The film morphs from domestic drama to science fiction when Evelyn and her family learn that their daily life is only one of an infinite number of possibilities in a multiverse—and that Evelyn alone can save that multiverse from annihilation.

The film is downright whacky and occasionally self-indulgent, but the sterling cast won my heart, as did the imagination displayed by the writer/directors. Above all, I adored the film’s final message: in any possible universe, we need love and kindness above all.

Happily for me, there are a couple of food connections in this film.

The family begins the film getting ready for a Lunar New Year party. Unfortunately, the only food on hand is a pot of blah-looking noodles with some greenery stirred in.

Fortunately, one of the universes posits a delightful, much publicized alternate reality in which humans have hot dogs on their hands instead of fingers.

In this existence, Evelyn is in love with Deirdre Beaubeirdre (Jamie Lee Curtis). In Evelyn’s home world, Deirdre is Evelyn’s nemesis, an IRS auditor with absolutely no sense of humor. In the hot-dog world, Deirdre is sweet and loving.

The hot-dog fingers were such a hit with fans of the film that one can purchase hot-dog gloves to wear while watching “Everything Everywhere All at Once.” I won’t go that far, but I will serve hot dogs at my Oscar soiree on Sunday.

To make them more interesting (and to create an actual recipe to share with readers), I have decided to make chili dogs. Like the film, this dish is quite messy but ultimately satisfying.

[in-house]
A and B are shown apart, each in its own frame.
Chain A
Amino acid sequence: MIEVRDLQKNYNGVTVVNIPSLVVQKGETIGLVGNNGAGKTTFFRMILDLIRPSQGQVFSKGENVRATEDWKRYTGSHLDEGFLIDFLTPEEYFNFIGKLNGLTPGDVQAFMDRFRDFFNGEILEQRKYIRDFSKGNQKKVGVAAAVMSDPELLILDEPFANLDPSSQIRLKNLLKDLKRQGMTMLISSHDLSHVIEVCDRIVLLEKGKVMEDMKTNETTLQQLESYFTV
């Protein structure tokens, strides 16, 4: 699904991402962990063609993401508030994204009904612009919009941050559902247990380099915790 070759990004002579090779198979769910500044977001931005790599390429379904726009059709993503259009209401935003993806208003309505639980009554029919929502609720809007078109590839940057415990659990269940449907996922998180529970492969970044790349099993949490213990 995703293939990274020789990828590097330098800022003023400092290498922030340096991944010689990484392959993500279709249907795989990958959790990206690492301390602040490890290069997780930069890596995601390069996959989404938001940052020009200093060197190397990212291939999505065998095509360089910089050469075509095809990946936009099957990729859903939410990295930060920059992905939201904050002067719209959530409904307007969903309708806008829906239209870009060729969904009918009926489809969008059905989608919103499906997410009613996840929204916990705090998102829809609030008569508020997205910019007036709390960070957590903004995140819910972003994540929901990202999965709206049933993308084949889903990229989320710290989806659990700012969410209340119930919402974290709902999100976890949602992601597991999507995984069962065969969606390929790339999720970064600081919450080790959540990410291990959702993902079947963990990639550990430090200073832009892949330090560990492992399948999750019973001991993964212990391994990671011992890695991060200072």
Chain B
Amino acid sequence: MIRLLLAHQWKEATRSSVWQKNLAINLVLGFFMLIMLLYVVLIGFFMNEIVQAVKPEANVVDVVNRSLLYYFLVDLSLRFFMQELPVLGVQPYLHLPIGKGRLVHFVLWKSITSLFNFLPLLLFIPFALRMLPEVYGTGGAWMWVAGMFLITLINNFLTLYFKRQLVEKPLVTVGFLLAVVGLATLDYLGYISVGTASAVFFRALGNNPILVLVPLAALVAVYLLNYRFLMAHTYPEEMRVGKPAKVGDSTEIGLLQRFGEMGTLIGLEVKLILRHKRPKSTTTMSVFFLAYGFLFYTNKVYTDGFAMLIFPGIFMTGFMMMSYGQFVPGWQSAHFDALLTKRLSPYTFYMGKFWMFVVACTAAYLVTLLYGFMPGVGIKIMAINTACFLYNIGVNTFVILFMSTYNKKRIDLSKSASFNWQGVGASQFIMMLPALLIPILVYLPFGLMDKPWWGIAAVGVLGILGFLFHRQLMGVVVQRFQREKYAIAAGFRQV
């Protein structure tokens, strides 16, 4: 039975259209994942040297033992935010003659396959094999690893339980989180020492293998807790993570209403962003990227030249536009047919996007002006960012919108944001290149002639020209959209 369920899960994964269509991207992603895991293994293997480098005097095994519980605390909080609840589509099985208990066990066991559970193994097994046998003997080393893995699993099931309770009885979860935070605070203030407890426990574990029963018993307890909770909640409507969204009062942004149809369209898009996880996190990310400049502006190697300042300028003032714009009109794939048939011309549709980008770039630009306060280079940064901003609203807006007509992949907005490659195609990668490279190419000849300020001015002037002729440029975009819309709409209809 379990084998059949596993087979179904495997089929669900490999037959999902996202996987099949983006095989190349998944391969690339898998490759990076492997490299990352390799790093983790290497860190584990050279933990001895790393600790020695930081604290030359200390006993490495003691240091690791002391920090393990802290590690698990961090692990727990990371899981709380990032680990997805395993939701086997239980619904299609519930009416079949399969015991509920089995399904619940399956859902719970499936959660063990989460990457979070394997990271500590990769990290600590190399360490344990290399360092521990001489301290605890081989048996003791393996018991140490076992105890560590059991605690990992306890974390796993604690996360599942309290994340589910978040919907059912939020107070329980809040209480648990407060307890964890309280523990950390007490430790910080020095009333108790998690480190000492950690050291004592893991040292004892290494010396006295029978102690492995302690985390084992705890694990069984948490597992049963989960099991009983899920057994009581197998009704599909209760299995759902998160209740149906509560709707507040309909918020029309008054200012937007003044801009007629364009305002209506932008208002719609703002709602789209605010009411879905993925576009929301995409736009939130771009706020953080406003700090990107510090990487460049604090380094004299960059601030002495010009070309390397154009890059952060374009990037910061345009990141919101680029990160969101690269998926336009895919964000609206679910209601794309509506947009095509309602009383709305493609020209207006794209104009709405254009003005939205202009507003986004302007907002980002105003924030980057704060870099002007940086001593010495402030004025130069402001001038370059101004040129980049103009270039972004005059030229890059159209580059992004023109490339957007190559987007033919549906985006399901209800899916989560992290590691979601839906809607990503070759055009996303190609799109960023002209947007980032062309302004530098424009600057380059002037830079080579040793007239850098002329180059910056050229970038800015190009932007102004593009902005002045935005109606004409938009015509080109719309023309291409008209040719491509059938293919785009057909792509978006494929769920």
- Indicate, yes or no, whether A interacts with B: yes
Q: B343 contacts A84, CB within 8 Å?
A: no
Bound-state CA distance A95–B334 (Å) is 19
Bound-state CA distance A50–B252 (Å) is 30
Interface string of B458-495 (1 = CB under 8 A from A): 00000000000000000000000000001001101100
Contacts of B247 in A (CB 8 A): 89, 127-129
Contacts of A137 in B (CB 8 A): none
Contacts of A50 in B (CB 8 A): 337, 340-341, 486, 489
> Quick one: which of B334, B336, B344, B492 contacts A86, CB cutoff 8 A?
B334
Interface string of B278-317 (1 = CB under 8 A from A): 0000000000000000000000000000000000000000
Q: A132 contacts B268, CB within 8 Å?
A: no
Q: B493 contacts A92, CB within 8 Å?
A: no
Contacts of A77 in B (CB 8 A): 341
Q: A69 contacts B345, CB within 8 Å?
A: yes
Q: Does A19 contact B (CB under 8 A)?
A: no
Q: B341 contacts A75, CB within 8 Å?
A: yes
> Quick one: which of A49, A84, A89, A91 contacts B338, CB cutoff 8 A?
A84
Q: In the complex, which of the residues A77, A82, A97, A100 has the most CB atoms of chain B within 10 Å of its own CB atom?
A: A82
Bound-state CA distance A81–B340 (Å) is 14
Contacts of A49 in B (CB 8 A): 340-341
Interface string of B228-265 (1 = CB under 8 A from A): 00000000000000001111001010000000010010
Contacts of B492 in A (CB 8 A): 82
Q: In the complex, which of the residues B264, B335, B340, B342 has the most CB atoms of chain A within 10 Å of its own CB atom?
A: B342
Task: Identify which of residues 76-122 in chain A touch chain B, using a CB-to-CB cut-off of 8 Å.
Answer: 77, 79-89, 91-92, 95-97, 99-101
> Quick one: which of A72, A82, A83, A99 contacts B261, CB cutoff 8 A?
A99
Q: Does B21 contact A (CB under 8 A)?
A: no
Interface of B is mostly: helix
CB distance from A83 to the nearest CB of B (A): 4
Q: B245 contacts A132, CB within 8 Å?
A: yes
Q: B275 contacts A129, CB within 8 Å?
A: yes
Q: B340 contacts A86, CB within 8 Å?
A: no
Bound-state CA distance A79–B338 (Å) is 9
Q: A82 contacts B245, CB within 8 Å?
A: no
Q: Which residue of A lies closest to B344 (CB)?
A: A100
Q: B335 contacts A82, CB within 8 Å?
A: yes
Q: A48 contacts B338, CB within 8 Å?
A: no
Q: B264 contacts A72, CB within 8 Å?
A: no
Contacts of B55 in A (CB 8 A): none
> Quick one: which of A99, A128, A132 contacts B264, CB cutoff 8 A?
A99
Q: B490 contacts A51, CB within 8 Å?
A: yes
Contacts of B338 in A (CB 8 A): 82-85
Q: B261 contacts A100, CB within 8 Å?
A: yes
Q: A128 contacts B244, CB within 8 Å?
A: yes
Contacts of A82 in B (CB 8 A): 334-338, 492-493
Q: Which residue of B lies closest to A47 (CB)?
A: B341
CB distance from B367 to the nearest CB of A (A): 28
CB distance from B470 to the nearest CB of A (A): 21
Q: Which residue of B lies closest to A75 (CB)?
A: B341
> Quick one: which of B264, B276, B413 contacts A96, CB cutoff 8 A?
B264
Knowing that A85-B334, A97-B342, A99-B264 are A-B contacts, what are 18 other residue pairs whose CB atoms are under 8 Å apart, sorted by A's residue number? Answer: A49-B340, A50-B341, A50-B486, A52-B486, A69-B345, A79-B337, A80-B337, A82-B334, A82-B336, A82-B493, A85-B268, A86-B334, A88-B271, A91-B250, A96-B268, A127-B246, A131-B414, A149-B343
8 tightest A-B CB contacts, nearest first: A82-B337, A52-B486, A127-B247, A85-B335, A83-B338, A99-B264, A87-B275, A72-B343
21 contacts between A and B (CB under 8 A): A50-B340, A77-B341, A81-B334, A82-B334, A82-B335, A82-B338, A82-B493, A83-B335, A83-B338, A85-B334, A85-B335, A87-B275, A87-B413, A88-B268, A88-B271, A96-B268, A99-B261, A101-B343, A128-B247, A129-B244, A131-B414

Oscar Night Chili Dogs

I usually make chili with lots of beans, but when I was in graduate school my friend Shannon informed me that the protein in chili-dog chili should always be beef and only beef. So that is what I use here.

Ingredients for the chili:

1 splash olive oil

1 medium onion, finely chopped

1 large clove garlic, minced

1 pound lean ground beef

1 tablespoon chili powder

1 teaspoon ground cumin

1/2 teaspoon chipotle powder (if you don’t have chipotle, use another dried pepper, but I love the slight smokiness of the chipotle)

3/4 teaspoon salt

ground pepper to taste

1 can (14.5 ounces) crushed tomatoes

1 cup water

Ingredients for the chili dogs:

6 hot dogs (I prefer all beef)

6 hot dog rolls

The chili

Grated sharp cheddar cheese to taste


Begin by making the chili. Heat the oil in a skillet. Add the onion and sauté for a few minutes until it smells lovely and starts to brown. Add the garlic and sauté again briefly.

Add the beef, breaking it up into small pieces as you stir and brown it. When the beef has browned, stir in the spices, the salt, and the pepper, followed by the tomatoes and the water.

Bring the mixture to a boil, then turn it down and simmer it for 30 to 40 minutes until the flavors blend and the liquid has mostly, but not completely, boiled off. Taste and adjust the seasonings.

Cook the hot dogs in your preferred method, boiling or grilling. While the hot dogs are heating up, lightly toast the hot dog rolls.

Onto each roll place a hot dog. Partially slicing the dogs lengthwise makes it easier to add toppings: a generous helping of chili and some of the cheese. Serves 6 Academy-Award guests.

Tinky Weisblat is an award-winning author and singer. Her latest book is “Pot Luck: Random Acts of Cooking.” Visit her website,